Sometimes in analyzing an emotionally charged question like this it helps to start from an absurd extreme and work backwards. A very large number of people kill themselves each year in accidents involving carelessness or bad judgment. For the lamest and most hapless of these we provide Darwin Awards. Some of those people are black. Are we to believe that those black people took their own lives because they are racist against themselves? Of course not! They simply made fatal mistakes. For every unarmed black person killed by police each year scores of people are killed by co-workers in industrial accidents. Do we assume murder? Or do we assume carelessness, negligence, or some other failing that does not include lethal intent?

What about hospitals and doctors? They kill vast numbers of people each year. In fact medical errors are the third leading cause of death in America, and according to a study from Johns Hopkins more than 250,000 people die each year from such mistakes. https://www.sciencedaily.com/releases/2016/05/160504085309.htm Many of these victims –probably a disproportionate number – are black. After all, Blacks have higher levels of many life threatening diseases like obesity, diabetes and heart disease. So it follows that they provide doctors a disproportionate opportunity to kill them. Are these racially motivated killings? “The researchers caution that most of medical errors aren't due to inherently bad doctors, and that reporting these errors shouldn't be addressed by punishment or legal action.” Sometimes the hospitals or doctors are sued for malpractice. But how often are they accused of murder? When a black patient dies in the care of a white doctor, should we all riot in the streets?

The case of George Floyd is particularly egregious, and I will not attempt to play defense attorney on behalf of those police who took his life. Beyond that there clearly have been other cases where the deaths of people in police custody—people of all races—have been so flagrantly wrong and unjust as to spark our outrage. Still, as a general rule it seems to me that startlingly few unarmed people die at the hands of police. (I am comparing the 40 or so unarmed Americans of all races and genders killed by police in 2019, according to the Washington Post, to the more than 250,000 killed by doctors and hospitals.)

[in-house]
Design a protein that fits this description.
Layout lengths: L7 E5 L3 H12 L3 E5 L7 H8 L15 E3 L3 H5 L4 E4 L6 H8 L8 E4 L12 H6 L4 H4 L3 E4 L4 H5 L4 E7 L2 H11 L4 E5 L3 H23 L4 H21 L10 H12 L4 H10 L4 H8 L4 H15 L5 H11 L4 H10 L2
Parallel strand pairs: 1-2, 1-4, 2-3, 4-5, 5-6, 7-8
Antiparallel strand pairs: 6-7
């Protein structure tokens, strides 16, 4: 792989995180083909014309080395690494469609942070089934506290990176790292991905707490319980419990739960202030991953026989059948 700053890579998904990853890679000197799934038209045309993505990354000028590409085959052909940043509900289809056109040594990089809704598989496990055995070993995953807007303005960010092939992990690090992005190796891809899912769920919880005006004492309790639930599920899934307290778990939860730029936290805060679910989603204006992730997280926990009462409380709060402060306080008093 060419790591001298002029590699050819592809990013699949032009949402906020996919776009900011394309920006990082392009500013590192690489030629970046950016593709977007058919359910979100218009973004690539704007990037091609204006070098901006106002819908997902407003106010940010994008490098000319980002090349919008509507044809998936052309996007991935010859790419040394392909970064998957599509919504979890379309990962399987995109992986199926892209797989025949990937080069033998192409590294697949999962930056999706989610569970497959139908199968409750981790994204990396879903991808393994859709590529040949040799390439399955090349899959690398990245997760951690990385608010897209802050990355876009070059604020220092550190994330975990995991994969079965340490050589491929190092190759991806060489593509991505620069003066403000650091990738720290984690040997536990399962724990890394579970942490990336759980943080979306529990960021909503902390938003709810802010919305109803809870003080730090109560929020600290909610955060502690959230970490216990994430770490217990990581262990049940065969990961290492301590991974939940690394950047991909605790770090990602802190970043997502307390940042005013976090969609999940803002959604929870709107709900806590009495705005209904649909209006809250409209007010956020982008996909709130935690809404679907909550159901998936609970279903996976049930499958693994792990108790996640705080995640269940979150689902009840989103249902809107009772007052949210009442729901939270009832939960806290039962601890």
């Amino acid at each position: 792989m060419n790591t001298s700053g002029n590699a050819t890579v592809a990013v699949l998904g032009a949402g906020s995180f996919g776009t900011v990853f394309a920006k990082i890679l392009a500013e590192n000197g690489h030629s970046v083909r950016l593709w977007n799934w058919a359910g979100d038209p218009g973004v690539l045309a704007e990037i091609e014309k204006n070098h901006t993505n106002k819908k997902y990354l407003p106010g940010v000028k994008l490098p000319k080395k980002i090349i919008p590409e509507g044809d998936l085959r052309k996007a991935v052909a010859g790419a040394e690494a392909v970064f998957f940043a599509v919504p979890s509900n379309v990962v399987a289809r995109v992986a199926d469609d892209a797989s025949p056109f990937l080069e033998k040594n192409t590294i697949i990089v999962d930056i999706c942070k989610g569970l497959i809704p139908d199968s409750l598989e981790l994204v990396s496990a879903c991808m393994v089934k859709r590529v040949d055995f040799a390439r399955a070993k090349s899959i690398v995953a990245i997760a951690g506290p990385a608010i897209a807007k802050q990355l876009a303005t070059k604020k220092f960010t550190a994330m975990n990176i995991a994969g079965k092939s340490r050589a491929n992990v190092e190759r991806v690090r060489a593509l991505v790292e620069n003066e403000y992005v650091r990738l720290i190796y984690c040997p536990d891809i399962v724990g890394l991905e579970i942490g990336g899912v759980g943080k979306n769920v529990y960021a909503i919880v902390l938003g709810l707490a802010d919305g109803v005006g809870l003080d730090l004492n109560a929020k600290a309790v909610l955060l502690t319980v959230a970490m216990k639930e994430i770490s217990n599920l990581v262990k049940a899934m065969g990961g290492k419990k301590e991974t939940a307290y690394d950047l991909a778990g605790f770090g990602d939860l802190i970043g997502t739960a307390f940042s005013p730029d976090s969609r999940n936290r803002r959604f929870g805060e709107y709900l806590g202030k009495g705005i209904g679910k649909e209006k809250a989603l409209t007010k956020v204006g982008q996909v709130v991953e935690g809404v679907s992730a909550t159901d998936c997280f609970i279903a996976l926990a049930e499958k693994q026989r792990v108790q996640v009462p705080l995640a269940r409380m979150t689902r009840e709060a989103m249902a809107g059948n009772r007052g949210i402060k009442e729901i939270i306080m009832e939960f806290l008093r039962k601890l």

Some have argued that Black fatalities at the hands of police are disproportionate to the number of Blacks in the population. Viewed uncritically, that is a fact. However black people also have far more interactions with police than white people do. When this is pointed out, those who see malice in the numbers claim that police intentionally seek out Blacks for prosecution. But police most often do not choose the race of their suspects. Most often they engage with suspects because they have received a 911 call identifying the race of a perpetrator. And in our inner cities where most of the crime takes place, more often than not those calls come from Black victims describing black offenders, as was the case with George Floyd.